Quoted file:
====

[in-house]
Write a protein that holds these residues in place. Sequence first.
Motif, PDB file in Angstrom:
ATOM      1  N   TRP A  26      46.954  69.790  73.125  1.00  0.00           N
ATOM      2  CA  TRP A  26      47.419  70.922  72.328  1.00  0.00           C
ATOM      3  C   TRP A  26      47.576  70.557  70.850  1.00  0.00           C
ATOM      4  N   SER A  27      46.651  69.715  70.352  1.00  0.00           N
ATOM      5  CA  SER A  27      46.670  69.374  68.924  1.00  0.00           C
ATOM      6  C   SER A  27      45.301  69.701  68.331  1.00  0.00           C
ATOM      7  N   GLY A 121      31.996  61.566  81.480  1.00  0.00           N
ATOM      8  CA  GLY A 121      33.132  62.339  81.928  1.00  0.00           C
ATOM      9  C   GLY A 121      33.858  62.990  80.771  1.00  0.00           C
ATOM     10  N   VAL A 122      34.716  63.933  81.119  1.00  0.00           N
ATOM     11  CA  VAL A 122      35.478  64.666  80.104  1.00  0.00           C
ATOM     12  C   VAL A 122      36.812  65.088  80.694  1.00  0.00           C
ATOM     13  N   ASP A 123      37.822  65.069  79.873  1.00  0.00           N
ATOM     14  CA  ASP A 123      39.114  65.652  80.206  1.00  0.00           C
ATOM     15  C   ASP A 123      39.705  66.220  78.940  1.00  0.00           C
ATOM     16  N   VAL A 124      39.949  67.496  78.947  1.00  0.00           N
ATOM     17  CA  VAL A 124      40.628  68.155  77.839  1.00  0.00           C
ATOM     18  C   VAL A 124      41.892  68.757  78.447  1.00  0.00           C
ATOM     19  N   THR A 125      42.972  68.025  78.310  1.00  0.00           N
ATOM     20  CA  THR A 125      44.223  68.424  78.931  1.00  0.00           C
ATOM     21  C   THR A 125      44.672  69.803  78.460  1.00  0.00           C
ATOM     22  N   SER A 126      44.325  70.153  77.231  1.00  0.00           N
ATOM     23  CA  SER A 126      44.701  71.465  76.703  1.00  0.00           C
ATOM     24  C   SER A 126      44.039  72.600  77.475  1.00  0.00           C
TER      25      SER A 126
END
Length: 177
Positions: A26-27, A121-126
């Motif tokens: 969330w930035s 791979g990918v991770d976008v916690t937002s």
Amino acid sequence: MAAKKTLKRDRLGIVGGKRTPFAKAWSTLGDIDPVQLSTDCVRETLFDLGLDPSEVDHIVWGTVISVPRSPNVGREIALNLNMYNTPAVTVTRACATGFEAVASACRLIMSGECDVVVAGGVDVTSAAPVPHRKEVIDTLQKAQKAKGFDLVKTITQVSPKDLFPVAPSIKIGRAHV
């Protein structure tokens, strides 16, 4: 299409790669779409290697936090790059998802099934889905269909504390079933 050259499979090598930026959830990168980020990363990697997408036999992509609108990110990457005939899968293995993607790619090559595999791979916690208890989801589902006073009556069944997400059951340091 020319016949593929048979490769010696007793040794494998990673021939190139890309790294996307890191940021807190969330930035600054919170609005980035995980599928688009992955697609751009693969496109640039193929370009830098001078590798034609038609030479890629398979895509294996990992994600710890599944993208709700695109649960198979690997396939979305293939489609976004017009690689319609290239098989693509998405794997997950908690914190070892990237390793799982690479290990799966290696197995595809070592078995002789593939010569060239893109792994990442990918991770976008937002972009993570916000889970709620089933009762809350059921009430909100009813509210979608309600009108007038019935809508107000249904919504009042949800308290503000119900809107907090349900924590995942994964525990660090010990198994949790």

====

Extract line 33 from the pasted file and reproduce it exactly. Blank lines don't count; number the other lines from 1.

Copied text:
Amino acid sequence: MAAKKTLKRDRLGIVGGKRTPFAKAWSTLGDIDPVQLSTDCVRETLFDLGLDPSEVDHIVWGTVISVPRSPNVGREIALNLNMYNTPAVTVTRACATGFEAVASACRLIMSGECDVVVAGGVDVTSAAPVPHRKEVIDTLQKAQKAKGFDLVKTITQVSPKDLFPVAPSIKIGRAHV